10.12.2012 | permalink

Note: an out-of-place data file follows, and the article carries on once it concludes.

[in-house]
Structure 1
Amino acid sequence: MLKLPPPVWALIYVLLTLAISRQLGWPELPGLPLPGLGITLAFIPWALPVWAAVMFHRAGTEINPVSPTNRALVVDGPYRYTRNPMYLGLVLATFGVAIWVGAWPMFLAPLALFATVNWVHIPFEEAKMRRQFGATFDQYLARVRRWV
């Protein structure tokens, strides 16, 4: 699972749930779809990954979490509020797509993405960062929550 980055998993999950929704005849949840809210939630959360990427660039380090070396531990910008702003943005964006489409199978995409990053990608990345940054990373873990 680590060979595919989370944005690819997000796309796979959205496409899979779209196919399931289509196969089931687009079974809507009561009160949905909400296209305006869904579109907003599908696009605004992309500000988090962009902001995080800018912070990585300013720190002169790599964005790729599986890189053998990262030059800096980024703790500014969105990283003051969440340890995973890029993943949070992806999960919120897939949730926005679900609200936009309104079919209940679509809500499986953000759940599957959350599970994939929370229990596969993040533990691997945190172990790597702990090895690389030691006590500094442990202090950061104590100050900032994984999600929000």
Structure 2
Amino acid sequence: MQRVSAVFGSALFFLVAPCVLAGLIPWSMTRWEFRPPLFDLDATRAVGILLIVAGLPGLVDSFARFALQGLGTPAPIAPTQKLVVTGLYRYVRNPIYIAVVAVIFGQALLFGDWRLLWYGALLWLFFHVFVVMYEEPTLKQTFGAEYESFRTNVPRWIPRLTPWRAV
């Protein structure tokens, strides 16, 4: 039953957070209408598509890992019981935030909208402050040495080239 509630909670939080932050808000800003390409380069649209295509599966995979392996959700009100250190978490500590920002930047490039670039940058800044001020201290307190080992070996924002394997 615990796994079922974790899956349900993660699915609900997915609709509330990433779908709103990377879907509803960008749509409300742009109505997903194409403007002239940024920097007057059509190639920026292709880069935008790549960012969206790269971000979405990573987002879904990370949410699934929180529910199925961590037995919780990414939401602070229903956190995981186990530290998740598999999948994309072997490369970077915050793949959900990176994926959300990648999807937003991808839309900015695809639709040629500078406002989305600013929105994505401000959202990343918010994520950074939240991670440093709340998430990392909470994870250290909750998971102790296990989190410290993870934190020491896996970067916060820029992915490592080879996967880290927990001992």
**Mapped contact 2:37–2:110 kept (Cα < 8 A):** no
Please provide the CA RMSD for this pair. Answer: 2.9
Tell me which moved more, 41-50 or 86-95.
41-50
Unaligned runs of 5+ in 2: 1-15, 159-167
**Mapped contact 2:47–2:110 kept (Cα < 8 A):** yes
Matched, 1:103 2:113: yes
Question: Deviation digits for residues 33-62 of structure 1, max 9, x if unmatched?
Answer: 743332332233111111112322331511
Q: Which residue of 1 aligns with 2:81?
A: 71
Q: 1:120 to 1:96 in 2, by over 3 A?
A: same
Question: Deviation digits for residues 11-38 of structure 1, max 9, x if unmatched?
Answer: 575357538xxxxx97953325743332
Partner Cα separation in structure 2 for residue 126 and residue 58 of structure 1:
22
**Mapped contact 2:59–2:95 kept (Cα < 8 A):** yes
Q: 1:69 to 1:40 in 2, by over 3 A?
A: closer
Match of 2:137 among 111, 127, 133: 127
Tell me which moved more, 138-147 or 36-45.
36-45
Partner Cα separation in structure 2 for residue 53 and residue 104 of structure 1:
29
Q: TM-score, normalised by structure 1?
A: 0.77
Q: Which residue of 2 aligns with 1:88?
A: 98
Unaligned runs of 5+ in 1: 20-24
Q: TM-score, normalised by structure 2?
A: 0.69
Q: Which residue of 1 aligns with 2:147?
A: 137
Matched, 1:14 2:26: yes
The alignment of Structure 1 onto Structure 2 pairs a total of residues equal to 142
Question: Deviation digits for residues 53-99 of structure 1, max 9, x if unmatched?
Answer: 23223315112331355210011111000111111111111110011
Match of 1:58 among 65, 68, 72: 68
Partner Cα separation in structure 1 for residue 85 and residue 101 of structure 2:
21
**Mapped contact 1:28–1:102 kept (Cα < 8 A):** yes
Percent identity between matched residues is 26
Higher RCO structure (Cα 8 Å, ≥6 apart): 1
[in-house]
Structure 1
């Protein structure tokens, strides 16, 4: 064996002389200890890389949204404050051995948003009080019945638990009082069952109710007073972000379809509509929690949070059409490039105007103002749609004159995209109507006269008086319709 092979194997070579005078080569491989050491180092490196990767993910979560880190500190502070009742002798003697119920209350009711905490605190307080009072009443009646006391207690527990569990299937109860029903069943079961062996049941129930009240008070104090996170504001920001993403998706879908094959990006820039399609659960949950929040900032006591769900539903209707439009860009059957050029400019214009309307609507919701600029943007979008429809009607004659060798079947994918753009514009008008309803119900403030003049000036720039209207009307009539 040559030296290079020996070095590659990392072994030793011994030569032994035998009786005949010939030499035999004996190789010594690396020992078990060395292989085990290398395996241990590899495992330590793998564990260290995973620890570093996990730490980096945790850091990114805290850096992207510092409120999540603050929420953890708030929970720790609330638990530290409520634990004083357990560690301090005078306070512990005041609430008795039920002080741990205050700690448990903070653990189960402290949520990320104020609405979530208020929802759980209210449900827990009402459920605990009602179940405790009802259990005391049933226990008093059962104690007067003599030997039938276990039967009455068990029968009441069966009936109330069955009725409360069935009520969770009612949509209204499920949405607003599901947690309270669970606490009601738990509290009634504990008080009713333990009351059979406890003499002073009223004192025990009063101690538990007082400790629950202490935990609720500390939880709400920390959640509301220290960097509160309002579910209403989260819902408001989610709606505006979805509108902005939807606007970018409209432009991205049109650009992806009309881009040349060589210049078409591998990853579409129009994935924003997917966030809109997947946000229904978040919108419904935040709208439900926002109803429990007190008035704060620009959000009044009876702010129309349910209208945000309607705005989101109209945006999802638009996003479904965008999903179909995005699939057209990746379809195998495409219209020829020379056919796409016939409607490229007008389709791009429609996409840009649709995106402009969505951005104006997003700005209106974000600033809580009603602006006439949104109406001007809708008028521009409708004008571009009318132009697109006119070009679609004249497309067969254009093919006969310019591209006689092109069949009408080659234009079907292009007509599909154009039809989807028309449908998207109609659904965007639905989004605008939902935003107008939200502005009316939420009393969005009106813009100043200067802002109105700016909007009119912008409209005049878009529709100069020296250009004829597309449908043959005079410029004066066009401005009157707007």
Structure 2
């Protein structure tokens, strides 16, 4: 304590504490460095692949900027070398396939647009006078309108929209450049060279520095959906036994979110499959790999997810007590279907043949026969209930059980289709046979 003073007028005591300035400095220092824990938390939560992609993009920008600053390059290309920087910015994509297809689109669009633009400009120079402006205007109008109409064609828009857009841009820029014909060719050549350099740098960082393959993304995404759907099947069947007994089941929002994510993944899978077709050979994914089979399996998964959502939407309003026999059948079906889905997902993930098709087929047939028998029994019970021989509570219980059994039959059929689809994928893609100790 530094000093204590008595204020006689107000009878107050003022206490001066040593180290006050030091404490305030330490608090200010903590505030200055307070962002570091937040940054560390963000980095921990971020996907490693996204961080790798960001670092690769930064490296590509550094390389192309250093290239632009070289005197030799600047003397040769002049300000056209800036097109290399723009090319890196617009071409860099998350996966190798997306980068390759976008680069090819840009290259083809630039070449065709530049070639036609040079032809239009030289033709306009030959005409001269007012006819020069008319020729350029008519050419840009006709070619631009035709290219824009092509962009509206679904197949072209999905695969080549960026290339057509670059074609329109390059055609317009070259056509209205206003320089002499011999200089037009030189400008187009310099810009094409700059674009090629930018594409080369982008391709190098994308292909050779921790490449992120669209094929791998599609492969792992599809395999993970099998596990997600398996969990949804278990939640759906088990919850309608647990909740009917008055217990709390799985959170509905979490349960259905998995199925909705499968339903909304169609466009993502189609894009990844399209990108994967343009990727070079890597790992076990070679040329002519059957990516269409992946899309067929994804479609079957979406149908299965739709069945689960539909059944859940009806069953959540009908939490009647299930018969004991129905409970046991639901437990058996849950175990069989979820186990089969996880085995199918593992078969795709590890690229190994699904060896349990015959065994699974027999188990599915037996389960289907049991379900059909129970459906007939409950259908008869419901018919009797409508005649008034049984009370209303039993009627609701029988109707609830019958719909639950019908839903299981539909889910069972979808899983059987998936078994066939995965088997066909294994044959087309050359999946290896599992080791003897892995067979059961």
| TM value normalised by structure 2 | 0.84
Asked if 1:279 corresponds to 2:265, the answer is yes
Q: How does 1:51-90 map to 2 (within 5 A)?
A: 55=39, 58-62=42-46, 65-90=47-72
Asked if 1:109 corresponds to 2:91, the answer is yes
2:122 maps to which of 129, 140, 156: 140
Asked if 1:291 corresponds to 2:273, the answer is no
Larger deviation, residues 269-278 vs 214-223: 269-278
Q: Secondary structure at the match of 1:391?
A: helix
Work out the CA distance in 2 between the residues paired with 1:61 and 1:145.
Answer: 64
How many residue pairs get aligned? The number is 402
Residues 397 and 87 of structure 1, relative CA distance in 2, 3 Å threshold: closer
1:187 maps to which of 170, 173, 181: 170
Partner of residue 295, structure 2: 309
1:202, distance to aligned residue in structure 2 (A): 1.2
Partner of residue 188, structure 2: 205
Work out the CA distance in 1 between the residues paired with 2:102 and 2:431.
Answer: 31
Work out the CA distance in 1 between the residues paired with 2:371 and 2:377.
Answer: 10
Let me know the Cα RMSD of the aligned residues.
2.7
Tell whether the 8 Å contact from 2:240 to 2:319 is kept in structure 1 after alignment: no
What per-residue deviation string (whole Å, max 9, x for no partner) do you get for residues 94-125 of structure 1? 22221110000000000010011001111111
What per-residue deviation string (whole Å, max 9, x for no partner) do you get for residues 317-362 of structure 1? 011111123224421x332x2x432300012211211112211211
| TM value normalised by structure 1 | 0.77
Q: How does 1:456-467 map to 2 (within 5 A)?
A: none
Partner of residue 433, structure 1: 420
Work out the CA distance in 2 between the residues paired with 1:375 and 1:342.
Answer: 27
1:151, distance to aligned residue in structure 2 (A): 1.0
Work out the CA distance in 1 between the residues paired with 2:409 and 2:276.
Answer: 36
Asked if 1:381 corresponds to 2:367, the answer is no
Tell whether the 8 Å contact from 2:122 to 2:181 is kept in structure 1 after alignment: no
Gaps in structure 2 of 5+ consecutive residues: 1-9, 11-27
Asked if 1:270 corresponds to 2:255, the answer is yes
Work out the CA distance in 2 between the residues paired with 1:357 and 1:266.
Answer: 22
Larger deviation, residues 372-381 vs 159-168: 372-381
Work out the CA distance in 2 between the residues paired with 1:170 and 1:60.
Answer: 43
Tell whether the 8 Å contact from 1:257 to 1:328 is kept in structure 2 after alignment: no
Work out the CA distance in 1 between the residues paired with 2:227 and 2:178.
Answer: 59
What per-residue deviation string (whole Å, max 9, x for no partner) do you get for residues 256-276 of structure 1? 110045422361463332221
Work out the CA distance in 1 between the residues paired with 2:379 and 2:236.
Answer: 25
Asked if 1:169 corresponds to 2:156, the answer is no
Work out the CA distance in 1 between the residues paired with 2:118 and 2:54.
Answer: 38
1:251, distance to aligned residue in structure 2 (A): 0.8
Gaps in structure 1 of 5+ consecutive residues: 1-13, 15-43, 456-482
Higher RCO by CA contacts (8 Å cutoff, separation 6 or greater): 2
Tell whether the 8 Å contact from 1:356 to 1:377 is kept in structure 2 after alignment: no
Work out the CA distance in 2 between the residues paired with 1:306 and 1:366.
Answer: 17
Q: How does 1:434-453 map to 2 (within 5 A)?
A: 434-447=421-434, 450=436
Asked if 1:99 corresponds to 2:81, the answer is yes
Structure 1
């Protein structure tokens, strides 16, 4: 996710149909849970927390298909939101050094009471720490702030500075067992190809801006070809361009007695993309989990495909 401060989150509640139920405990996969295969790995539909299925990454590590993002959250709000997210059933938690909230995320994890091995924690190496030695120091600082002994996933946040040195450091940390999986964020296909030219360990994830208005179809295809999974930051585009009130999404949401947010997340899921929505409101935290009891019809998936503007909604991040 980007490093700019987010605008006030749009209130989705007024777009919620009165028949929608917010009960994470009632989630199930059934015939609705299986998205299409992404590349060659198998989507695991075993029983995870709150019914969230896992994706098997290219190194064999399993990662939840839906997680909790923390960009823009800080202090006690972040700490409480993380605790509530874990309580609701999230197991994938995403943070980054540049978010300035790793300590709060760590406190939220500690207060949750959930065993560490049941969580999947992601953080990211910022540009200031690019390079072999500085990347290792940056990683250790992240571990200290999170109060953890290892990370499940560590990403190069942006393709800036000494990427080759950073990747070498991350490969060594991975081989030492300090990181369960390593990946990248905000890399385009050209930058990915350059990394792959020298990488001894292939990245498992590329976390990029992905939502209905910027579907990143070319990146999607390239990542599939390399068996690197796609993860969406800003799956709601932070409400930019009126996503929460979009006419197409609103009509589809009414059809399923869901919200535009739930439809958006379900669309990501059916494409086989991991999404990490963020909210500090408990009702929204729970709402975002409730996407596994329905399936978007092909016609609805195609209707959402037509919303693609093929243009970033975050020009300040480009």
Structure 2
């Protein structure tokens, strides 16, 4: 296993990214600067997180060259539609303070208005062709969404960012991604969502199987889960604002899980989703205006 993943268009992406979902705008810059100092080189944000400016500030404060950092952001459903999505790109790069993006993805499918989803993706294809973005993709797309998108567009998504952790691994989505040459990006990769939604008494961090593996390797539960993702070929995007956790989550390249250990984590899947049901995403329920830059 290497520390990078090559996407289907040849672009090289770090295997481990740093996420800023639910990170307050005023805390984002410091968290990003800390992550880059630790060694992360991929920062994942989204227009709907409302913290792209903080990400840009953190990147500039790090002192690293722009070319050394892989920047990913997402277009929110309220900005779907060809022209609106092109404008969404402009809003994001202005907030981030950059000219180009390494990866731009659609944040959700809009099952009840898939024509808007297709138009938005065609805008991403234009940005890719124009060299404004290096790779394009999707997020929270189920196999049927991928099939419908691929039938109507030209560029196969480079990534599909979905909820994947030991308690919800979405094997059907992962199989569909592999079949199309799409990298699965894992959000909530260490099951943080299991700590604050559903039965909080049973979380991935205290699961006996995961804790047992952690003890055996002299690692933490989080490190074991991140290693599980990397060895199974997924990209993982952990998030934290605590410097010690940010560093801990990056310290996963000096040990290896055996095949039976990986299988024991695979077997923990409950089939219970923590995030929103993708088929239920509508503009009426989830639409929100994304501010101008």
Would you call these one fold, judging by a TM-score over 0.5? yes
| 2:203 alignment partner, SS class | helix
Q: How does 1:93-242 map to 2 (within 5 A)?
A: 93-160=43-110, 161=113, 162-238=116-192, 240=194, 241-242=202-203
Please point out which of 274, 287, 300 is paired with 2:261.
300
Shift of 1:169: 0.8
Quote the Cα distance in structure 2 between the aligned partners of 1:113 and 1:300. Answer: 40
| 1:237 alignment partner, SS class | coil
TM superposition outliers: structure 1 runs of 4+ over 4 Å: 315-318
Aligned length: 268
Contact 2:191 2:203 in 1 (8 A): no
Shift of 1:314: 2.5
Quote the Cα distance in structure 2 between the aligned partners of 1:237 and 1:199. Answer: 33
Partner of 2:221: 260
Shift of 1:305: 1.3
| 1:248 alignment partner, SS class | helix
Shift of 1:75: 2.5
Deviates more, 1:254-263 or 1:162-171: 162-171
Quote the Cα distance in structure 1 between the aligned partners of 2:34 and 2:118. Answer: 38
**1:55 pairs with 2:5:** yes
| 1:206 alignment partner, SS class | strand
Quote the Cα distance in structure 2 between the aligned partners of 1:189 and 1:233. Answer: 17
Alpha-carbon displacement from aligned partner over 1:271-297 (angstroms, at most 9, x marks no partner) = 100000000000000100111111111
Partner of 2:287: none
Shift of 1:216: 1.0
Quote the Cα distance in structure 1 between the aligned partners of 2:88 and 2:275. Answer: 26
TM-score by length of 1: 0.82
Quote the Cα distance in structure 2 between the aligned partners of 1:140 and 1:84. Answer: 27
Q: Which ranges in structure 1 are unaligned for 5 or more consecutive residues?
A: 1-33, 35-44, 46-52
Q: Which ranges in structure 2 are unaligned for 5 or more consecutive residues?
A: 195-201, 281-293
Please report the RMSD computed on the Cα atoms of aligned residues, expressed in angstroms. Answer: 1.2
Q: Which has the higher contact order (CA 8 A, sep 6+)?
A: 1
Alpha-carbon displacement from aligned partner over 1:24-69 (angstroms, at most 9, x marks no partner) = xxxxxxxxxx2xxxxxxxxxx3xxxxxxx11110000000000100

As the United Nations Conference on Climate Change came to a close on Saturday, NGOs criticised the lack of commitment to address the disastrous impacts of climate change, especially with regard to food security. Michiel Schaeffer, a scientist at Climate Analytics, expressed surprise that very little emphasis had been placed on food security at the event: “There is no question climate change poses a major risk to our ability to produce food”, Schaeffer told IPS. He stressed that the current rise in the Earth's average temperature by 0.8 degrees Celsius had already led to droughts, flooding and extreme weather events linked to climate change. Celine Charveriat, Director of Campaigns and Advocacy at Oxfam International shared his concerns: “This year droughts in the Sahel, the US and Russia saw food prices rise and hunger spread, but rather than rising to the challenges posed by climate change, we saw a drought of climate action from rich countries in Doha.” The two-week round of talks ended with a final marathon session in which states extended the Kyoto Protocol to 2020. However, this will only apply to 15% of global greenhouse gas emissions as countries such as the US, Canada and Russia opted out. A roadmap for a new global climate treaty was also agreed. Set to come into force in 2020, it will require both developed and developing countries to cut their emissions. Critics were further disappointed by the lack of funding pledges. Developed countries had promised $100 billion per year from 2020 to help poor countries adapt to climate change. However, no funding was granted for the seven-year interim period. Only a few European countries made individual pledges. “Poor countries came to Doha facing a climate ‘fiscal cliff’, and at the end of these talks they are now left hanging by their fingertips off the edge”, Oxfam said.